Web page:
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  2. Your coworkers are correct in OBR. Even though MLB reworded the rule this regarding when a runner will be out there still is some confusion. But the Major League Baseball Umpire Manual has made it clear for a few years: Here is what the 2017 MLBUM says when referring to a runner being hit by a batted ball:"TO SUMMARIZE:A runner is always out when struck by a batted ball (unintentional on the part of the runner) unless:(1) The ball has been touched by an infielder; or(2) The ball has passed through or by an infielder AND no other infielder has a chance to make a play on the ball."The MLBUM also specifies that "by" means immediately by an infielder making a play on the ball. With infielders playing normal the Wendelstedt Umpire School will not protect R1, being hit by a ball thru or by F3, since a professional F4 will be considered to be able to make a play on that ball.
  3. I am interested in the shovel. I’ll send you a pm.
  4. Sorry, need to fix a typo in my question: "My coworkers' position on this seems loosely and indirectly supported by wording in a rule regarding when the call ball is to be called dead (but not in the rule regarding when the runner is to be called out)."
  5. Hello, watching a recent play involving a St. Louis Cardinals baserunner not being called out after being hit by a batted ball led to a friendly disagreement between me and a few of my coworkers. We understand that a baserunner is out if he is struck by a batted ball. We also understand that he is NOT out if the batted ball that strikes him was first misplayed by a fielder who was in front of the basepath and THEN the ball hit him. This is an exception to the basic rule and is well explained within the rule book. No argument so far. But my colleagues claim there is an exception to the exception if another player behind the baserunner could have made a play, in which case the baserunner should be declared out after all. Let me describe a scenario for this case: Runner on second. Third baseman is playing in and way off the line. Shortstop is deep and swung around into the "5.5 hole." Batter hits a grounder to the left side. The third baseman reaches down but it goes under his glove and hits the baserunner passing by a few feet behind him. Meanwhile, behind both of them the shortstop was circling to the ball and would likely have scooped it up with a possible play at first had the ball not hit the runner. My friends say that the presence of another fielder (the shortstop in this example) with a chance to make a play on the ball dictates that the runner is to be called out after all and the exception of the third baseman having first made a play (misplay) before the runner was struck does not apply. I maintain that the second fielder behind the baserunner is irrelevant. If a batted ball passes by a fielder before striking a baserunner, the baserunner is NOT out (assuming the contact between the ball and the baserunner was inadvertent/unintentional), and it doesn't matter whether or not any other players are positioned behind that point nor whether or not they had the chance to make any play on the ball. My coworkers' position on this seems loosely and indirectly supported by wording in a rule regarding when the call is to be called dead (but not in the rule regarding when the runner is to be called out). My position is based on the absence of any language describing this situation and no mention of it in any section listing the ways a baserunner or batter or batter/runner can be declared out. I hope my question is clear. So, who is right? And importantly, where is the rule or combination of rules that make it so? Thank you!!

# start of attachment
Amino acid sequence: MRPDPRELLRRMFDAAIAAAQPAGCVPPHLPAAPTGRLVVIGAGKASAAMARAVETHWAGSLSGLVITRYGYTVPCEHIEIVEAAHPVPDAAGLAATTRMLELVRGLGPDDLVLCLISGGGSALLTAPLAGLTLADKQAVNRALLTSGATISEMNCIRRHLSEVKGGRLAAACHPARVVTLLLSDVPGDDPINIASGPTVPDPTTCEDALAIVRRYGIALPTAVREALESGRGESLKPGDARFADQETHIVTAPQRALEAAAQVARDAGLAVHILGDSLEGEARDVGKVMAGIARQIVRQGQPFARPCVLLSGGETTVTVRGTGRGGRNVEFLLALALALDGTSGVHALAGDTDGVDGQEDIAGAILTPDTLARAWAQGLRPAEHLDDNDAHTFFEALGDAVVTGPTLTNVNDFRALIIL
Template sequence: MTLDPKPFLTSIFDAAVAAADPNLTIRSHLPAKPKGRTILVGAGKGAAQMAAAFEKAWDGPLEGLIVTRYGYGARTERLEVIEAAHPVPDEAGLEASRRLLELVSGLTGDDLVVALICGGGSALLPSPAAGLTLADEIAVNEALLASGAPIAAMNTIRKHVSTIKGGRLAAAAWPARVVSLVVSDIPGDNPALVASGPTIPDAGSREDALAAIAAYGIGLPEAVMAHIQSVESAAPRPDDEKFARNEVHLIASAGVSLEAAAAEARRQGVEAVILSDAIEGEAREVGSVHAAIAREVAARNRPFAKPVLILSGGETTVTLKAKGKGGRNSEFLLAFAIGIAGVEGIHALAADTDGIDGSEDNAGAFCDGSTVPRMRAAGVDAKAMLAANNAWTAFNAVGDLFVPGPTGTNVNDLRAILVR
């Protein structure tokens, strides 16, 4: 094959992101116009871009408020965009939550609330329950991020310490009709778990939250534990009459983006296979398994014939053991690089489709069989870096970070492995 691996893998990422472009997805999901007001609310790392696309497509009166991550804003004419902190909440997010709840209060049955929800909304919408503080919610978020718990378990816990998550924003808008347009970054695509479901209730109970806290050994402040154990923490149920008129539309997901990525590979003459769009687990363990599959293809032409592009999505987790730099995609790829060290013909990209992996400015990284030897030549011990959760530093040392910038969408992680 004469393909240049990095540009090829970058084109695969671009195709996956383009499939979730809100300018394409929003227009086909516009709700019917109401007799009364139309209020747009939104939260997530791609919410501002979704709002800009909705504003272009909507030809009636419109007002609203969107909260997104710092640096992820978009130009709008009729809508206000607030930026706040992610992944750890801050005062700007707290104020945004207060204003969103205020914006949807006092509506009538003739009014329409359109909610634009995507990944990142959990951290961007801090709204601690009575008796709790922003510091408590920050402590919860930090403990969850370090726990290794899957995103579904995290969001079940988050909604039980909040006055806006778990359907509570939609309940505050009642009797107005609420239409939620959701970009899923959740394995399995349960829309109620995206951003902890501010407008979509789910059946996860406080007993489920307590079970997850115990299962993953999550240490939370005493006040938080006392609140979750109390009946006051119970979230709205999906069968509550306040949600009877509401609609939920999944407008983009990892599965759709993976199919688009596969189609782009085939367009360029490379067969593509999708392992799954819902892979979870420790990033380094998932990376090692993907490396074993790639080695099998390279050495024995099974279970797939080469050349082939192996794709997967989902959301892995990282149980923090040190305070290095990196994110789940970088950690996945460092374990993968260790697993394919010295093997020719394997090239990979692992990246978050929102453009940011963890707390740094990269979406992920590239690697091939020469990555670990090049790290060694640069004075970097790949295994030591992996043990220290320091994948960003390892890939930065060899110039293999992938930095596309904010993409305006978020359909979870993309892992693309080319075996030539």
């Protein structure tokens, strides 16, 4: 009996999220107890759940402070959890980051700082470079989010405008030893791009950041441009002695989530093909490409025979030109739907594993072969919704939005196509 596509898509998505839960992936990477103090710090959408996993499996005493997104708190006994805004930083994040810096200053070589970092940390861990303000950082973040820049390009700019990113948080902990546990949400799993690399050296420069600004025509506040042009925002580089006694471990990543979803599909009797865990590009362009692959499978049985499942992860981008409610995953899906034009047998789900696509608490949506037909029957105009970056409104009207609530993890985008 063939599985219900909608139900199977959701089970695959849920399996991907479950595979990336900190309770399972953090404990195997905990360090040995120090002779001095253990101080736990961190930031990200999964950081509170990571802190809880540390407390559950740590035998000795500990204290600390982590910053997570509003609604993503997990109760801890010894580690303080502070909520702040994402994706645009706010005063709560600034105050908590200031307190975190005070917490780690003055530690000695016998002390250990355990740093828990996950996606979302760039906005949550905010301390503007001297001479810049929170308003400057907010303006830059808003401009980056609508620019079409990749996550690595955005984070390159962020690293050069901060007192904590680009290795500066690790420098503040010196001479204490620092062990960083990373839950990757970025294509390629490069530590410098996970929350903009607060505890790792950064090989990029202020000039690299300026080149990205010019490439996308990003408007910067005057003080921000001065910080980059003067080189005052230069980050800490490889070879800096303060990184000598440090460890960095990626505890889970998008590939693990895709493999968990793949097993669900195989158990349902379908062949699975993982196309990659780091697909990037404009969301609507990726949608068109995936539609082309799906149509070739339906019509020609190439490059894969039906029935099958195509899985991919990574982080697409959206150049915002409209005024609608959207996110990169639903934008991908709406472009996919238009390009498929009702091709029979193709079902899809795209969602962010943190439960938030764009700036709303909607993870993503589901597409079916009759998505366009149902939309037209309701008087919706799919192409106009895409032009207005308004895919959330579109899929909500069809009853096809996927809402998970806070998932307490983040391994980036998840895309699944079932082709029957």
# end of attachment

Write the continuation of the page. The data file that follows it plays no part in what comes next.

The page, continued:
6. Today
  7. The protected player must not be "interfered" with in making the play on the ball. Contact does not need to occur, simply making that player "move" to avoid a collision is enough. Sent from my SAMSUNG-SM-G935A using Tapatalk
  8. Little league rules. "In field fly, runner is out if fair" is what needed to have been said. The runners only have to "tag up" if the ball is caught. The batter-runner is out if the ball remains in fair territory, or is touched in fair territory by a defender. If it.is foul, thsn itnis foul. I did not see interference as the 1st baseman was chasing the ball. However, If it was interference then the batter-runner is out anyway (IFF or not), BUT this time all runners return. Sent from my SAMSUNG-SM-G935A using Tapatalk
  9. maven

    Appeal play

    A proper retouch appeal involves tagging the runner or the original base left too early. In this case, that's 1B. Same rule in FED (8-2-6 PENALTY) and OBR (5.09(c)(1)). Tagging 2B is not an appeal. And there's no such thing as an "implicit" or "implied" appeal: it's either proper or improper. For a missed base appeal, it's possible to appeal any of the missed bases, if more than one. That's not true for retouch appeals, even though R1 in this play had to "retouch" both 2B and 1B.
  10. I was going to post something similar. I'm not getting two outs here. Keep in mind that when a retired runner "interferes," he must actually hinder the defense from playing on another runner. That did not happen here. The batter-runner, who was out on the IFF, hindered the fielder (maybe) from catching the ball. However, there was no other play to be made. But let's say R3 was running on the crack of the bat and the defense might have been able to put her out on appeal for leaving early, then we could get another out here. As is, only the BR is out and the play at home never happened.